We might ask what sustained these American civilians during their incarceration and the privations and terrors they faced? Religious faith, belief in their ultimate liberation, a sense of community and determination to survive, or other factors? These are not examined adequately. Occasionally fears of the "Rape of Nanking" or concerns of possible impressment as comfort women are mentioned but, except for instances of "peeping Tom" voyeurism (p. 217), we learn nothing about Japanese troops' sexual behaviors toward the American women. Either Cogan's sources do not report negative instances because the informants and authors did not experience these, or they opted not to incorporate these instances, or Cogan chose not to write about them.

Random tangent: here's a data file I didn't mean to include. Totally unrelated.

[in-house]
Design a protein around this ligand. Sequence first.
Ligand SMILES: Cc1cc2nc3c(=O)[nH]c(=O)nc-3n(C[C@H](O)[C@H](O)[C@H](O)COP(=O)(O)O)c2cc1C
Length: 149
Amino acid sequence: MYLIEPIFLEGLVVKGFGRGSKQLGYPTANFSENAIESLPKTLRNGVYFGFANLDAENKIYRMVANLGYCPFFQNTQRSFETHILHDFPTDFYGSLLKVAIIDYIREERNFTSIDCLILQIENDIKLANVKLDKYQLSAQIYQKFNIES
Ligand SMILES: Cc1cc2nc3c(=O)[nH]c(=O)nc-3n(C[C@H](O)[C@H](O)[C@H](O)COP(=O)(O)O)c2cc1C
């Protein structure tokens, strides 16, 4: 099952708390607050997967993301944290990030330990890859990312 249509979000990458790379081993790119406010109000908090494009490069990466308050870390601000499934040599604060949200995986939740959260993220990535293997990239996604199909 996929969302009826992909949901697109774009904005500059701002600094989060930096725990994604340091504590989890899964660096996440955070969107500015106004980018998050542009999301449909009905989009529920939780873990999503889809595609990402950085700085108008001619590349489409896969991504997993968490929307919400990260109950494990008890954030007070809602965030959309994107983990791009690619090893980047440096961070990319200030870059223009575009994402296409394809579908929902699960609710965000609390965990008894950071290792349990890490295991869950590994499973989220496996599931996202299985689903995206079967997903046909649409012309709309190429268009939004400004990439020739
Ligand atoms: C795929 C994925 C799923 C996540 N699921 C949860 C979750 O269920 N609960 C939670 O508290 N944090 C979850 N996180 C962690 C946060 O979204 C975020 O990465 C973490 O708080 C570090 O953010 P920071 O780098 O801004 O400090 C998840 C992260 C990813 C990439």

Some scholars may be disturbed by the unconventional in-note citations that Cogan uses in her text; for example (Falk, 3), (Miller, 54), and (Lewis, 76). These notations refer to the authors and page numbers but not the year of publication. In addition, the reader must consult three separate bibliographies (primary sources, secondary sources, and reference works) to locate a complete citation. General readers will probably not be bothered by any of this, but the citations are neither in standard historical format (AHA or OAH) or follow social science in-note citation methods, e.g. (Falk 1988:3), (Miller 1991:54), and (Lewis 1995:76). However, there are no footnotes or chapter endnotes, and no ibid. or op cit. notes with which to contend. Cogan's book contains relatively few errors of commission (Great Asian Co-Prosperity Sphere, p. 104, already noted) and typographical errors (for example, CS should be CA [California], p. 338). There are only eight photographs, mostly from the Signal Corps, the Gillette family or Martin Meadows, but the volume would have been improved immeasurably by inclusion of maps of the Philippines showing the islands and camps discussed in the narrative. Other historians may object to the groupings of primary and secondary sources and reasoning for inclusion or exclusion of particular sources in her bibliographies.